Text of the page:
The invention herein disclosed consists of a unitary assembly of an ostomy bag shown generally at 10 which may be formed in any of several well-known configurations. The bag in FIG. 1 represents a typical colostomy bag of the type that that are normally used after surgery. A surgical procedure such as a colostomy, ileostomy, or urostomy consists of the formation of an opening, or stoma in the wall of the intestine or colon, which opening extends through the wall of the patient's skin. A urostomy consists of either bringing the ureters to the abdominal skin (ureterostomy) or connecting the ureters to a section of the ileum which in turn is brought out to the skin (ileal-condiut). The stoma provides means for communication between the inside of the organ and the external area through which various bodily excretions may pass. Therefore, it is necessary for the post-surgical patient to wear a collection receptacle for this material such as a pouch or bag attached to the stoma. It is further important that there be a seal between the patient's skin and the collection receptacle. Especially due to the noxious nature of the waste material which passes through the stoma, it is desirable that none of the materials be allowed to leak past the seal since these materials are irritating to the skin and can cause irritation if allowed to come into repeated contact therewith. The bag as shown in FIG. 1 or receptacle is formed of flexible water-impervious material such as polyethylene or polypropylene film or sheet material having spaced walls 11 and 12 which are preferrably heat sealed at their edges as indicated at 13. An opening 14 is provided at an appropriate position on the front wall 11. This opening varies depending upon the particular stoma and can be for example from 12 to 65 millimeters in diameter.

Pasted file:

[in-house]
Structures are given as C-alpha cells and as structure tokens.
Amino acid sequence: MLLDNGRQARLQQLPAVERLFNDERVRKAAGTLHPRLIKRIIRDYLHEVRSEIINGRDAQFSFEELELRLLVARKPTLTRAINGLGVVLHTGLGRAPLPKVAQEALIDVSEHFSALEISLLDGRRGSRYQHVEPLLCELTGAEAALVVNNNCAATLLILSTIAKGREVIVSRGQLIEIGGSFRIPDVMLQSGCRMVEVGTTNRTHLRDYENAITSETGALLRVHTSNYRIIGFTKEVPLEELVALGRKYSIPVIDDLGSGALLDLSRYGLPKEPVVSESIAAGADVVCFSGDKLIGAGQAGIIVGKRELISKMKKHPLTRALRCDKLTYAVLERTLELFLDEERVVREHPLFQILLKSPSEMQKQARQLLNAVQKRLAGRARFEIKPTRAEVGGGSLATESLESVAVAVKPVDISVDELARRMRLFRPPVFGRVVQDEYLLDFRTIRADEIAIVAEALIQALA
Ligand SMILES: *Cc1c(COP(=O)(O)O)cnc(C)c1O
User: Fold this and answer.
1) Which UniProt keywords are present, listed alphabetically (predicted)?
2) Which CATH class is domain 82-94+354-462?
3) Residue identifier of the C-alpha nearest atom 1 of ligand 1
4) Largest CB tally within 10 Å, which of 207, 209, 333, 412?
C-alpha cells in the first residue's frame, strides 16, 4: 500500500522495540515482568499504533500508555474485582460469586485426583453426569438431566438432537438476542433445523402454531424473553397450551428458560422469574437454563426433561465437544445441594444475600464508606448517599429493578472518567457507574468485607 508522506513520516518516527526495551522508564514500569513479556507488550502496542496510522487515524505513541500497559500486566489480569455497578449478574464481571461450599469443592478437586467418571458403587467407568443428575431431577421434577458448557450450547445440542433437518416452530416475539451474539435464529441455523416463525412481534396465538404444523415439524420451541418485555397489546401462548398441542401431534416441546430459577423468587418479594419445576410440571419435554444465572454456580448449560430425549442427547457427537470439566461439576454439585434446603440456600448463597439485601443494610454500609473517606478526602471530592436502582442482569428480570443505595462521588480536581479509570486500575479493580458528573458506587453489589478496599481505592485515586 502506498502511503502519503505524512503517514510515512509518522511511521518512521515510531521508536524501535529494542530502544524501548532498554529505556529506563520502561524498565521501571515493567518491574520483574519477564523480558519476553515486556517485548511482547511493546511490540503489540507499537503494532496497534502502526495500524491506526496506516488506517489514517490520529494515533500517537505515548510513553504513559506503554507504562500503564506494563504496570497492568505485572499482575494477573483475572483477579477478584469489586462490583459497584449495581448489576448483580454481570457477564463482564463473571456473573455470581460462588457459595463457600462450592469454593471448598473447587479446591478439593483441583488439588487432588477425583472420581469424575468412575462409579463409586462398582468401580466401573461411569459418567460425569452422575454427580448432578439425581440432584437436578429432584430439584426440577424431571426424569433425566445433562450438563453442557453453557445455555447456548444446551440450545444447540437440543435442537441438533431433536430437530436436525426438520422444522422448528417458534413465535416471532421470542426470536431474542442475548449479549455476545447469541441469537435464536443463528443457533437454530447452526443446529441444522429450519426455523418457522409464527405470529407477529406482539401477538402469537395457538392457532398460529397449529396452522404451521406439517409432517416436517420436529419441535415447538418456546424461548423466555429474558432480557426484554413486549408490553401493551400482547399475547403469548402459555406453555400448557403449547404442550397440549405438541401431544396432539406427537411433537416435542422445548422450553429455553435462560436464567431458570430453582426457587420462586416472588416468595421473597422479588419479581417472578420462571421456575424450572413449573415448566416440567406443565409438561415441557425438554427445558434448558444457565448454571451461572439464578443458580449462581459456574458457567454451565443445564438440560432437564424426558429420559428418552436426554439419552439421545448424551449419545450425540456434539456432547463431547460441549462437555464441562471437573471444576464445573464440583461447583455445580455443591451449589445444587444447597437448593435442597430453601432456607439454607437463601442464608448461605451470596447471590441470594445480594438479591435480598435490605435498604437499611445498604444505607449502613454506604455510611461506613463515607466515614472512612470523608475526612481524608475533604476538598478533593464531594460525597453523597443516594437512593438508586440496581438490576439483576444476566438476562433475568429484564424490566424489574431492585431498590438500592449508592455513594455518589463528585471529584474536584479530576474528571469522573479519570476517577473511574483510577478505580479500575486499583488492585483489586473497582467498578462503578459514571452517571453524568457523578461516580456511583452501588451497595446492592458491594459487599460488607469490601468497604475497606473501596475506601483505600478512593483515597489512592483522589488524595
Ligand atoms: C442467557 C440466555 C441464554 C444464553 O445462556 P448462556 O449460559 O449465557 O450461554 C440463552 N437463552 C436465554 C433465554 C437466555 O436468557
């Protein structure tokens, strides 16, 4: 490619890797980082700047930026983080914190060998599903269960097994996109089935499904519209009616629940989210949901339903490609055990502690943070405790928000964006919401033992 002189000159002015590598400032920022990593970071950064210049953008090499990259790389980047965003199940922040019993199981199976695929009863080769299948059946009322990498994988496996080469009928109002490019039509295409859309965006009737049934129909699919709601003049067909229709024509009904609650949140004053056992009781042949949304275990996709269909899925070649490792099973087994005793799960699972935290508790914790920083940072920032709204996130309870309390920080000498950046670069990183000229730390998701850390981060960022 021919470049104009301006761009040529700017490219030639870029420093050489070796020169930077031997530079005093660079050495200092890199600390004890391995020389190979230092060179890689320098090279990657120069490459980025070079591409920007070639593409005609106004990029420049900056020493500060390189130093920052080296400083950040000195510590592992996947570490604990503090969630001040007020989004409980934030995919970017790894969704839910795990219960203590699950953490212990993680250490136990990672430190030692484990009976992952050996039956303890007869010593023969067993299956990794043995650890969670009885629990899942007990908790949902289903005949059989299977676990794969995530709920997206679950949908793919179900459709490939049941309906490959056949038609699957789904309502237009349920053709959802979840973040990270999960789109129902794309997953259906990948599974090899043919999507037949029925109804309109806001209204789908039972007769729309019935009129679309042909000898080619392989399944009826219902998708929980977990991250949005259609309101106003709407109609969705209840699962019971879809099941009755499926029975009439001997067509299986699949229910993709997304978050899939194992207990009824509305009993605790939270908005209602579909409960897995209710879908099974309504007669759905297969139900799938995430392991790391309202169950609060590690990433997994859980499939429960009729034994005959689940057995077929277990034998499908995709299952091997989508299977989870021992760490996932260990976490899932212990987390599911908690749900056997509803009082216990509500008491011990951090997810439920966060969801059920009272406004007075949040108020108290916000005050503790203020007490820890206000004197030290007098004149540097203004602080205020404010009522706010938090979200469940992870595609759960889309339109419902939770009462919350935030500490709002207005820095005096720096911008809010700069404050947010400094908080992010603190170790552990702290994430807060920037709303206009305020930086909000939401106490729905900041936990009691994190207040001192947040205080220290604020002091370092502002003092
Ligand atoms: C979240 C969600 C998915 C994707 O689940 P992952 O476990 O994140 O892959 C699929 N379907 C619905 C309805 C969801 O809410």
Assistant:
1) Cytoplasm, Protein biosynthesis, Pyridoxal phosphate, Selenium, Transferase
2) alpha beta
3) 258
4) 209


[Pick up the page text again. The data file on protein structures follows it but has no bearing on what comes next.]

With regard to the ileostomy container of FIG. 3, the bag is generally formed in the same manner although the shape may vary and there is usually means at the bottom thereof to permit emptying of waste liquid material. In this manner the pouch or bag can remain on the body for several days. In the FIG. 3 embodiment, the bag has a narrow bottom portion shown at 20 and the end thereof 21 is open but may be sealed by use of the flexible clip 23 which is secured thereto. In use, the bottom portion 20 is rolled upwardly and the flexible clip 23 is bent over in a well-known manner to close the exit port 21. Here again an opening 14 is provided.